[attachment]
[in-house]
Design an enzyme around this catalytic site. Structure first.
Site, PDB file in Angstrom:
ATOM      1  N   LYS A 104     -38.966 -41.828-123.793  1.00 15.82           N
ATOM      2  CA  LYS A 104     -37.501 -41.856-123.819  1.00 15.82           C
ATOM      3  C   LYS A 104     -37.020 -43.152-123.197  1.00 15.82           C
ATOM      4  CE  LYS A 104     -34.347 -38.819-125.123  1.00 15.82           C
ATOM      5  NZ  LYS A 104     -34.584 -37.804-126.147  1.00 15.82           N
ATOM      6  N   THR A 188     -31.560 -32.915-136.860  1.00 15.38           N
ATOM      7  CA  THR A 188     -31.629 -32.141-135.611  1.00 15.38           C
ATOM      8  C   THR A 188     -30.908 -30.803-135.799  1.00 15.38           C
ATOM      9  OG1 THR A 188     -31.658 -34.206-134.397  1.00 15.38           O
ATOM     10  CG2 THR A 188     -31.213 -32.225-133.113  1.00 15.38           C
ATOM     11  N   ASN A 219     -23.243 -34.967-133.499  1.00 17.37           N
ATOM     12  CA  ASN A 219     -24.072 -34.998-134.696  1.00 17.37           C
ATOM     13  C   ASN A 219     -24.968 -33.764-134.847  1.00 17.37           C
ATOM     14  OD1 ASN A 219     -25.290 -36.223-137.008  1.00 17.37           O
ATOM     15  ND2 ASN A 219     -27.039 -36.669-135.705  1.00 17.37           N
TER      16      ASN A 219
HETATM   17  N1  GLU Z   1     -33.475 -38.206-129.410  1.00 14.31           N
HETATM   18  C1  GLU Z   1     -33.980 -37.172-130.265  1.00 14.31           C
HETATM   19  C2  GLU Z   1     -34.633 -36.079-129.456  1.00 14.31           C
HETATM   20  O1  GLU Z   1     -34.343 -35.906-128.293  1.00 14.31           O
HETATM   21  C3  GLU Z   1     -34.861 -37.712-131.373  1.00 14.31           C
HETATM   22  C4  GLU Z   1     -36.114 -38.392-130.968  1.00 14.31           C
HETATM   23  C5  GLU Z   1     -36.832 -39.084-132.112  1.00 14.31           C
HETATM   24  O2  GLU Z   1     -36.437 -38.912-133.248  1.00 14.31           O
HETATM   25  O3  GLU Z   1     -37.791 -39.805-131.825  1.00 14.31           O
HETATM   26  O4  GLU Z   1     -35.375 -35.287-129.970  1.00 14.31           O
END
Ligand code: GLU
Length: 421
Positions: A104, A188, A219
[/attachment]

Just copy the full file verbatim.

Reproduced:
[in-house]
Design an enzyme around this catalytic site. Structure first.
Site, PDB file in Angstrom:
ATOM      1  N   LYS A 104     -38.966 -41.828-123.793  1.00 15.82           N
ATOM      2  CA  LYS A 104     -37.501 -41.856-123.819  1.00 15.82           C
ATOM      3  C   LYS A 104     -37.020 -43.152-123.197  1.00 15.82           C
ATOM      4  CE  LYS A 104     -34.347 -38.819-125.123  1.00 15.82           C
ATOM      5  NZ  LYS A 104     -34.584 -37.804-126.147  1.00 15.82           N
ATOM      6  N   THR A 188     -31.560 -32.915-136.860  1.00 15.38           N
ATOM      7  CA  THR A 188     -31.629 -32.141-135.611  1.00 15.38           C
ATOM      8  C   THR A 188     -30.908 -30.803-135.799  1.00 15.38           C
ATOM      9  OG1 THR A 188     -31.658 -34.206-134.397  1.00 15.38           O
ATOM     10  CG2 THR A 188     -31.213 -32.225-133.113  1.00 15.38           C
ATOM     11  N   ASN A 219     -23.243 -34.967-133.499  1.00 17.37           N
ATOM     12  CA  ASN A 219     -24.072 -34.998-134.696  1.00 17.37           C
ATOM     13  C   ASN A 219     -24.968 -33.764-134.847  1.00 17.37           C
ATOM     14  OD1 ASN A 219     -25.290 -36.223-137.008  1.00 17.37           O
ATOM     15  ND2 ASN A 219     -27.039 -36.669-135.705  1.00 17.37           N
TER      16      ASN A 219
HETATM   17  N1  GLU Z   1     -33.475 -38.206-129.410  1.00 14.31           N
HETATM   18  C1  GLU Z   1     -33.980 -37.172-130.265  1.00 14.31           C
HETATM   19  C2  GLU Z   1     -34.633 -36.079-129.456  1.00 14.31           C
HETATM   20  O1  GLU Z   1     -34.343 -35.906-128.293  1.00 14.31           O
HETATM   21  C3  GLU Z   1     -34.861 -37.712-131.373  1.00 14.31           C
HETATM   22  C4  GLU Z   1     -36.114 -38.392-130.968  1.00 14.31           C
HETATM   23  C5  GLU Z   1     -36.832 -39.084-132.112  1.00 14.31           C
HETATM   24  O2  GLU Z   1     -36.437 -38.912-133.248  1.00 14.31           O
HETATM   25  O3  GLU Z   1     -37.791 -39.805-131.825  1.00 14.31           O
HETATM   26  O4  GLU Z   1     -35.375 -35.287-129.970  1.00 14.31           O
END
Ligand code: GLU
Length: 421
Positions: A104, A188, A219